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10 tips for backpacking in Thailand

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In 2014 Thailand was voted the top backpacking destination by students, and with such a diverse landscape it’s easy to see why. Whether you want to party hard at the full moon or trek through the jungle and camp with tribes it’s worth reading up on all Thailand has to offerbefore you go. Here are 10 top tips to get you started.

1. Pack light – Clothes are cheap as chips in Asia and you’ll want to bring a whole heap back once you’ve stopped by the dazzling Chiang Mai Night Bazar. Plus the more you bring, the more you have to carry around for months!

2. Take a backpack – A suitcase just isn’t practical! A backpack is much easier to carry when you’re hiking uphill to your treehouse. Plus, you’ll have compartments to make it easier to access important things. Choose a pack with a side opening for easy access, although be sure you can secure it with TSA padlock.

3. Plan ahead… but not too far – Part of the travel experience is just “going with the flow”. Have a loose plan of where you’d like to go, but be flexible and ask fellow travellers for their tips on tourist hotspots, hidden gems and good places to stay.If you’re planning to go to the full moon party on Kho Phangan (and I recommend you do!) pre-book your accommodation and transfer off the island – don’t just arrive and hope to find somewhere to stay in Haad Rin. As 30,000 people descend you’ll soon find all the decent places will be full!

4. Explore as much as you can -Thailand is such a diverse country, with jungle, city and white-sandy beachesall at your fingertips,so it would be a waste to stay in just one place. The heady Khaosan Road in Bangkok is a must-see: known as the ‘backpackers ghetto’,it’s the perfect place to start your travels, especially if you’re travelling alone. However, just around the corner, a couple of streets away, is the lantern-lined Rambuttri Road which has a completely different feel. Rave until dawn on Khaosan and the next day swap hard trance for acoustic soul.

5. Ditch the hotel - If you’re travelling solo, opt to stay in hostels with 4-8-bed dorms, as it’s much easier to make friends in this environment. Any more than 8 beds and it gets a bit chaotic – trust me you’ll never get to sleep withpeople popping in and out of the dorm all night.

6. Think ethically – Avoid anything that promotes wild animal entertainment, for example, elephant riding or photos with tigers. It is animal abuse (although they’ll tell you otherwise!) If you want to see an elephant up-close, volunteer to help out at an Elephant sanctuary like Elephant Nature Park in Chiang Mai.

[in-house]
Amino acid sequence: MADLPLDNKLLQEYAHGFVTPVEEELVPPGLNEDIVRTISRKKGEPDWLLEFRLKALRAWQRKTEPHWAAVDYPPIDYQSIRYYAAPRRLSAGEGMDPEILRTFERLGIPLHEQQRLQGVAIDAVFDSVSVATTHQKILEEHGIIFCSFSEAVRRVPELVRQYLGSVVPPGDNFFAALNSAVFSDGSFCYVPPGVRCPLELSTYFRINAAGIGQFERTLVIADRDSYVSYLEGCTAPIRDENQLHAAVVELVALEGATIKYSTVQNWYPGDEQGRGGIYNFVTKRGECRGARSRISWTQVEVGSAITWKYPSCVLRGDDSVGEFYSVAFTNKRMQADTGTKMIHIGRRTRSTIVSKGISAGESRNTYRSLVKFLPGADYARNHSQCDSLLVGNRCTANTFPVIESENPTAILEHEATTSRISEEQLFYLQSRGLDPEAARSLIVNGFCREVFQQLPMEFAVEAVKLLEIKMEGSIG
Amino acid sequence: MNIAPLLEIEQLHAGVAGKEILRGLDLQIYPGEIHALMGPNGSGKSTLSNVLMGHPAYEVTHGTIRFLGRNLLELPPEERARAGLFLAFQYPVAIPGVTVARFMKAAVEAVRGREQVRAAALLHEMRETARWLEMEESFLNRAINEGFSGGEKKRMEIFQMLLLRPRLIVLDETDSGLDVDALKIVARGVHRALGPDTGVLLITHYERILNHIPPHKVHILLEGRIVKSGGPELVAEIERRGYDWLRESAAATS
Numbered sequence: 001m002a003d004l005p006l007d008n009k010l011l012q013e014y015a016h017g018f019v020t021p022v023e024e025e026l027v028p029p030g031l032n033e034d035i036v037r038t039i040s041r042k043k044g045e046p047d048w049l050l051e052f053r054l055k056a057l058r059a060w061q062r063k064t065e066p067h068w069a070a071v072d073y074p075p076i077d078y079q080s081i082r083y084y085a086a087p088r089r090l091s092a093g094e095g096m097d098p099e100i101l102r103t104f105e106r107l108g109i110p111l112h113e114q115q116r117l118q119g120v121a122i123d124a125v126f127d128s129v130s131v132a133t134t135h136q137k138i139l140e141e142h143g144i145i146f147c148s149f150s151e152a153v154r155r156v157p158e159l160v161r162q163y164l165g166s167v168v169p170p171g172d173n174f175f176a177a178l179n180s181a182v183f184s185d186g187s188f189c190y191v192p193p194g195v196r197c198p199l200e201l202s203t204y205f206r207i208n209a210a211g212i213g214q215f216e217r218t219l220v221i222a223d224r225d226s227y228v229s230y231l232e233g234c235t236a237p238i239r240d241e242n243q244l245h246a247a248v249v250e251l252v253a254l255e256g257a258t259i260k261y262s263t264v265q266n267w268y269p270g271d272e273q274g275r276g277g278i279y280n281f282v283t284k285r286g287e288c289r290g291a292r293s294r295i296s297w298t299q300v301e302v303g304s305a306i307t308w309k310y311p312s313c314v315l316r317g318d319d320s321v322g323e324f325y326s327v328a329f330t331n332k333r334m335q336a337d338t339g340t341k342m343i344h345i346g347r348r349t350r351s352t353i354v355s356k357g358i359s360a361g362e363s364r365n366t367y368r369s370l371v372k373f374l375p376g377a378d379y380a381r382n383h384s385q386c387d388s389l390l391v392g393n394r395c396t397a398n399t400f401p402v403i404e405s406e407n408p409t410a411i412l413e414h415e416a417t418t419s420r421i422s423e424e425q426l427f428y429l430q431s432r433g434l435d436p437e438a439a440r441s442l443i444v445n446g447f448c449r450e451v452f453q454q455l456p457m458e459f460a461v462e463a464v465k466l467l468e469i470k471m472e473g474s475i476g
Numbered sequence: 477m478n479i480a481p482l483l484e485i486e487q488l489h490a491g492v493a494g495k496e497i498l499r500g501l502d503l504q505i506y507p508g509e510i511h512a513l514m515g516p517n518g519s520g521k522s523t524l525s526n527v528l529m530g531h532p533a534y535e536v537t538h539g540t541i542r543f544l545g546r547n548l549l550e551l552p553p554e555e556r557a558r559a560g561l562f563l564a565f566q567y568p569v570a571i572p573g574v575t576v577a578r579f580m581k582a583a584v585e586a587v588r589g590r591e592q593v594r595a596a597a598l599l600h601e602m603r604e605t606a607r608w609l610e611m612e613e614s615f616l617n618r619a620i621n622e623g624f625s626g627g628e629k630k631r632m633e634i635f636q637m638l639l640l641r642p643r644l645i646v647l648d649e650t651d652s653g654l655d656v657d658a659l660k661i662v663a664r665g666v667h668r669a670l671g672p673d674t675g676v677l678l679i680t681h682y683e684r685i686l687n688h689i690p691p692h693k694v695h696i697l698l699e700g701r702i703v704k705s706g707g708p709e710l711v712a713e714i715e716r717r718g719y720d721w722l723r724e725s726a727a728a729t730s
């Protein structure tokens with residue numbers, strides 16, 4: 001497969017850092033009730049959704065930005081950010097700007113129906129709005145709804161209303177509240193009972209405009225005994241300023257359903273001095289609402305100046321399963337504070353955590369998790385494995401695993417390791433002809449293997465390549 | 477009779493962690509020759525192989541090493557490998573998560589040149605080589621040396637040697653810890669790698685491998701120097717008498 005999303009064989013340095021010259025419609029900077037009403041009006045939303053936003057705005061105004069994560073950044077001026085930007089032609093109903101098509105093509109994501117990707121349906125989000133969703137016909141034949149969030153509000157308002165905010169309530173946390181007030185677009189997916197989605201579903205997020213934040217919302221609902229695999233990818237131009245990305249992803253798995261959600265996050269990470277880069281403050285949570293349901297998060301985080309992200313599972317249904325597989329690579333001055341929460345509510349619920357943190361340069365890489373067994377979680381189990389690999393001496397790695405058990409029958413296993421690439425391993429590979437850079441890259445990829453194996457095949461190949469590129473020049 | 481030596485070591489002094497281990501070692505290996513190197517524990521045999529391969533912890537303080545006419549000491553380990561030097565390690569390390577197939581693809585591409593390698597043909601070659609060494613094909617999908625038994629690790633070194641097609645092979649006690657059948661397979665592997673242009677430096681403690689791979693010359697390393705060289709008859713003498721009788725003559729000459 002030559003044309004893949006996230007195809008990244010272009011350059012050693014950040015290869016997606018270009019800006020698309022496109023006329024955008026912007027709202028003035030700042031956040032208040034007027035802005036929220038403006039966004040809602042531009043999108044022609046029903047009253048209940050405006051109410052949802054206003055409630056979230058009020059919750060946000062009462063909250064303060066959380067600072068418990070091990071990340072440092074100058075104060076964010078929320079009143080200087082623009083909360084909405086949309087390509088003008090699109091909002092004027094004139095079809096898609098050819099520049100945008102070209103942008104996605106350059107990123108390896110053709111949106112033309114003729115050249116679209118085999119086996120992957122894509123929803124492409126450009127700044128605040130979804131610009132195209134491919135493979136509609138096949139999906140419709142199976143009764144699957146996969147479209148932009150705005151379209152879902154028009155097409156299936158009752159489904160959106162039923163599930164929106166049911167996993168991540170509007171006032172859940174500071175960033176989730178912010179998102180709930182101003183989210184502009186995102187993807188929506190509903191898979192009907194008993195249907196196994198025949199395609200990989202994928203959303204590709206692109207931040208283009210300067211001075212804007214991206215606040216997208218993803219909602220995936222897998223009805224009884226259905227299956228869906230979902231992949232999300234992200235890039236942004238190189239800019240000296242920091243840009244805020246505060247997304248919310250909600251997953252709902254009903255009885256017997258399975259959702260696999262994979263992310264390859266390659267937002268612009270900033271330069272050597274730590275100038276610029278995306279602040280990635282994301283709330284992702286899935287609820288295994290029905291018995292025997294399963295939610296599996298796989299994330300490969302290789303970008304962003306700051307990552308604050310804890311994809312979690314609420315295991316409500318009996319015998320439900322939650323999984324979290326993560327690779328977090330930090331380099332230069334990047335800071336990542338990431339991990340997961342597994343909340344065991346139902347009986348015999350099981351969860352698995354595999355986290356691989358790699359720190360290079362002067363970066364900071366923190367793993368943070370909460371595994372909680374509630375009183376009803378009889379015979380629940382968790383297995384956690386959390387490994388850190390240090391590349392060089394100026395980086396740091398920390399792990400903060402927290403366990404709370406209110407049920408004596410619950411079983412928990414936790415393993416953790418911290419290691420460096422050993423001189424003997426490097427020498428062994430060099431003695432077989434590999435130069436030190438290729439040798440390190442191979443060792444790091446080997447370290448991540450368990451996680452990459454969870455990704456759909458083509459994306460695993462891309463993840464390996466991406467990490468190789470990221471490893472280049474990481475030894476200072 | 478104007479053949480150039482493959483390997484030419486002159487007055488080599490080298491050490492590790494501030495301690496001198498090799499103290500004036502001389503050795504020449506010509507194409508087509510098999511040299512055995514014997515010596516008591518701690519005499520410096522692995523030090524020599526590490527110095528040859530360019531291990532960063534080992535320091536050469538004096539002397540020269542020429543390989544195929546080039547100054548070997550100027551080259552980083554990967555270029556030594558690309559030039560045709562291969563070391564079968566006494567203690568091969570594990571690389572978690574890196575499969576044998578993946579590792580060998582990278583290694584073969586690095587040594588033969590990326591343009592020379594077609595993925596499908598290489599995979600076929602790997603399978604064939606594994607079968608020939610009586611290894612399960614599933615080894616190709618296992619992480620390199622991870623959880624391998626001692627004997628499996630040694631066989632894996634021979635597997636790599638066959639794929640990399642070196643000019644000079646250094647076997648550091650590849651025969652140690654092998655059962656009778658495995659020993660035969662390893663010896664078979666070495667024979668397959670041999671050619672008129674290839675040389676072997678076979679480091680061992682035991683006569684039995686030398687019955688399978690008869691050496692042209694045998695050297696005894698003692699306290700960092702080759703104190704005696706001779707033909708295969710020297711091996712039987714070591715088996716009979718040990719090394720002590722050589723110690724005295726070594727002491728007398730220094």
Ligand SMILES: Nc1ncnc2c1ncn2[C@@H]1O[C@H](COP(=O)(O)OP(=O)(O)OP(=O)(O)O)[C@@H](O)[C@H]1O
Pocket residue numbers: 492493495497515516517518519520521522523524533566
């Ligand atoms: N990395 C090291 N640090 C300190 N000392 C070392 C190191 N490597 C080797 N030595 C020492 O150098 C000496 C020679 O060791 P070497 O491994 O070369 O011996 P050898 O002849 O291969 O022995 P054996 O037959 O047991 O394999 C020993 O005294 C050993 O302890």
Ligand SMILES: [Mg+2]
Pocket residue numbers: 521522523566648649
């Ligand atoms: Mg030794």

7. Eat like a local – It’s quite likely that you’ll get an upset tummy if you travel in Asia, it’s just a given, but don’t let that put you off the street food. The local food tastes the best and from my experience is always the safest option. Pad thai, massaman curry and papaya salad are three must-tries.

8. Use the Songthaew – Getting around Thailand is really very easy and cheap! But if you want to make you budget stretch even further, travel on songthaew (public buses) when there’s a group of you instead of by taxi or tuktuk. Just remember - never accept the first price you’re offered. You can usually get 25-50% off whatever you’re quoted if you haggle!

9. Get your PADI – Thailand is one of the cheapest places you get a PADI diving qualification, so take advantage of this and budget to do it on your trip. The cheapest place (and one of the most spectacular coral spots) is Koh Tao. I recommend the Big Blue Dive School where an open-water course will cost you 9,800 THB (approx. £200). If this isn’t in your budget, the next best thing is to book onto asnorkelling boat trip. The marine life is stunning all around Koh Tao and if you know where to look you’ll spot Nemo and Dori fish!

10. Pamper yourself- As it comes to the end of your trip it’s worth checking into somewhere a bit more luxurious. The price of luxury in Thailand is nothing like luxury back home in the UK. Massages, facials and pedicures are all a fraction of the price at home so make the most of it while you’re there. For as little at 120 TBH (approx. £2.50) you can indulge in a half an hour foot massage!

Finally, before you go, download a free copy of How to be a Gadget Savvy Traveller: Thailand from Endsleigh, it’ll come in handy if you’re targeted by thieves or accidentally lose valuable gadgets.

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